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The Joys of Virtual Programs—and Honoring Black History Month

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Participants in “The Maritime Underground Railroad” event, which airs on Wednesday, February 23, at 7 p.m. ET on the Library’s YouTube channel.

Shortly after the start of the pandemic, the Library of Congress—like other cultural institutions—substituted virtual programming for its in-person programs. For the Literary Initiatives Office, this meant not only adapting our seasonal programming but quickly redesigning the literary programs of the 2020 National Book Festival for an online-only format.

We faced a steep learning curve at first, but as we approach the two-year mark for the shutdown I’ve seen how our virtual programs can be uniquely compelling. I’d like to give you an inside look at our upcoming February 23 program, and a sense of what I mean in personal terms.

We in Literary Initiatives have pre-taped our virtual programs, which means we have the opportunity to review and shape the content. It’s a very different experience from a live event, when you work to get the presenters and the biggest possible audience in the same room together, and then see what happens. Also, with most of our virtual programs we tape the presenters from wherever they are—usually at home or in their office. This collapses the sense of distance among presenters and can create a real sense of intimacy.

Our February 23 program, “The Maritime Underground Railroad,” is a perfect example of this dynamic. In this event, the last of the Library’s Black History Month programs, we feature Timothy Walker, editor of “Sailing to Freedom: Maritime Dimensions of the Underground Railroad” (University of Massachusetts Press, 2021), along with two contributors to the book: Cassandra Newby-Alexander and Cheryl Janifer LaRoche. John Haskell, the former director of the Library’s John W. Kluge Center, moderates the conversation. Make sure to watch the program when it airs at 7 p.m. ET on the Library’s YouTube channel, and afterward on the Library of Congress website.

We taped the conversation on the morning of February 2, and our presenters came to us from Massachusetts, Maryland, and Virginia. John Haskell had done a pre-taping conversation with our presenters the week before, to go over the general direction of the event, and so I had a sense that our three scholars (Walker and Newby-Alexander are professors of history; LaRoche is an associate professor of historic preservation) were very comfortable with one another and together able to discuss the topic in ways that could appeal to a more general audience. Still, I don’t think I was prepared for the magic that happened over the hour of our event taping!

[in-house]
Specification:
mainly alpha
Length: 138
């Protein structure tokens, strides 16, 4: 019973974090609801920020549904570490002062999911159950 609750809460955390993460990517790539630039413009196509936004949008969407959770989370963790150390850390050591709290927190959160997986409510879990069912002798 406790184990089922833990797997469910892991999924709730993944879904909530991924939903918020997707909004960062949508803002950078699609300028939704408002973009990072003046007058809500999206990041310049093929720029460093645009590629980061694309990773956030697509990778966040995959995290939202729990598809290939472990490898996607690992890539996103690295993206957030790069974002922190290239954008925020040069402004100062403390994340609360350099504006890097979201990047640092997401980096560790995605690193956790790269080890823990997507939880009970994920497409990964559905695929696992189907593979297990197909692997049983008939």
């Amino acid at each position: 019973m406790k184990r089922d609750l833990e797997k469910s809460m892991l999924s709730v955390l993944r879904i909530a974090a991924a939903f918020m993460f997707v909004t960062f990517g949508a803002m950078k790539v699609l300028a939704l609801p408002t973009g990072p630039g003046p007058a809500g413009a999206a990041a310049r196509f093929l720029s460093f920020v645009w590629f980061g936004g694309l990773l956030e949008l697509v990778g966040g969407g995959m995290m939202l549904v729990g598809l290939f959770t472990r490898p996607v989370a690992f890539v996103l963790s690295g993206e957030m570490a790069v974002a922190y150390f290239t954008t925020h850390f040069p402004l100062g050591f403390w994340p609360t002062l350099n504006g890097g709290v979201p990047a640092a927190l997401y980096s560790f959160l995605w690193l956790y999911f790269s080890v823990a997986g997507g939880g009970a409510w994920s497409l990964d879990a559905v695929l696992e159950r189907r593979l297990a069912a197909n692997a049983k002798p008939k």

John discussed with the panelists how they came to focus their work on the maritime Underground Railroad, the importance of waterways for those who escaped slavery, and why this method of passage has been largely lost to history—as well as the difficulties in creating a full accounting of the Underground Railroad. The image I had of how the Underground Railroad worked was wrong, I discovered—and the reasons for that say something about how historical narratives change over time. Our presenters talked with passion and conviction, and I was awed by their efforts to uncover this history. I also saw how much they supported one another in these efforts—not just as contributors to a book but as colleagues and supporters connected to this work in deep ways.

Danita Stenberg and I talking with the event participants.

My appreciation for the conversation only strengthened as I watched and re-watched the event recording. I followed up a number of times with Danita Stenberg, the event producer in the Library’s Multimedia Group and my partner-in-arms, to discuss: What should we take out? Do we want to reorder the conversation a bit? She was, as always, masterful in moving from shot to shot (during the event, you’ll see all three presenters and the moderator on screen throughout). And we had a particular, exciting challenge for this event: After the conversation “concluded,” Danita kept recording—and as our presenters continued to chat, they veered back into an exchange we wanted to make sure to include in the final event. Ultimately, Danita found a way to include this moment—I won’t tell you what it is, but I will give you a hint: It drove home the point of how heroic our presenters are, in a way that connects to the Library.

I hope you take the chance to watch this event—I know you will be as moved as I am. I hope it feels seamless, and it builds as the best sort of live event does. And I hope that afterwards you feel called to find out more about what our three presenters and other historians and preservationists do, to expand/re-shape our sense of the past in critical ways.